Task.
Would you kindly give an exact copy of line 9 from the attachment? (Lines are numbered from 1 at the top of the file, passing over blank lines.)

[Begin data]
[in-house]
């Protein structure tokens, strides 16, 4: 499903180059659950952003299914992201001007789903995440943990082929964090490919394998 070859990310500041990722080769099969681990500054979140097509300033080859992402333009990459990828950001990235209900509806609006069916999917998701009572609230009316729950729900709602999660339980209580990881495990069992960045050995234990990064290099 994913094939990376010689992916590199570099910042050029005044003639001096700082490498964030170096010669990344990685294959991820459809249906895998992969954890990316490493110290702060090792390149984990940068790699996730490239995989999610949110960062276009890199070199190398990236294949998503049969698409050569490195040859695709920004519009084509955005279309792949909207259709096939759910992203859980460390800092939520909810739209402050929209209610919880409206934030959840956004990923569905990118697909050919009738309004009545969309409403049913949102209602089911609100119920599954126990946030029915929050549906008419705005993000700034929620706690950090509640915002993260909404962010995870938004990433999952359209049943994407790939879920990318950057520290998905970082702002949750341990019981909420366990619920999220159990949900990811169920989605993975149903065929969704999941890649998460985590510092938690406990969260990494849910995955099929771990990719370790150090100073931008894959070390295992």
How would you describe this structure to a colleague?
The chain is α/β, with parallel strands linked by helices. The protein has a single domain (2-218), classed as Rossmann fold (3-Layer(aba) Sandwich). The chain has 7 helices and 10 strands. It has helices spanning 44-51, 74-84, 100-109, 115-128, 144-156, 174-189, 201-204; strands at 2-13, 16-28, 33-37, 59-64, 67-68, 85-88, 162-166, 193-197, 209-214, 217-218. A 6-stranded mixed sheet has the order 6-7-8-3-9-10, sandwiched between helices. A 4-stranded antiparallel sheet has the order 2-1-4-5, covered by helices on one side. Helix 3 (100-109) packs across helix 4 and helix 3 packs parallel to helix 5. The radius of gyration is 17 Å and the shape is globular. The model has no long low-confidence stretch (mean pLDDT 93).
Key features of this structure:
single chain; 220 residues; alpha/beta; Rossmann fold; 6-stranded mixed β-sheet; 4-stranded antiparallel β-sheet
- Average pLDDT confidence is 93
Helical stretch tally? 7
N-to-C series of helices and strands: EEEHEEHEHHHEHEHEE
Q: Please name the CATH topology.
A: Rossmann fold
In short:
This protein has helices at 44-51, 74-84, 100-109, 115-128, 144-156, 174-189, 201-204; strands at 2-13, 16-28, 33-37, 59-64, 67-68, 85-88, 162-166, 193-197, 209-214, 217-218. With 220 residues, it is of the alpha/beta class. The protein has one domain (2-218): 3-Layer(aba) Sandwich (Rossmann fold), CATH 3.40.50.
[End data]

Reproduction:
N-to-C series of helices and strands: EEEHEEHEHHHEHEHEE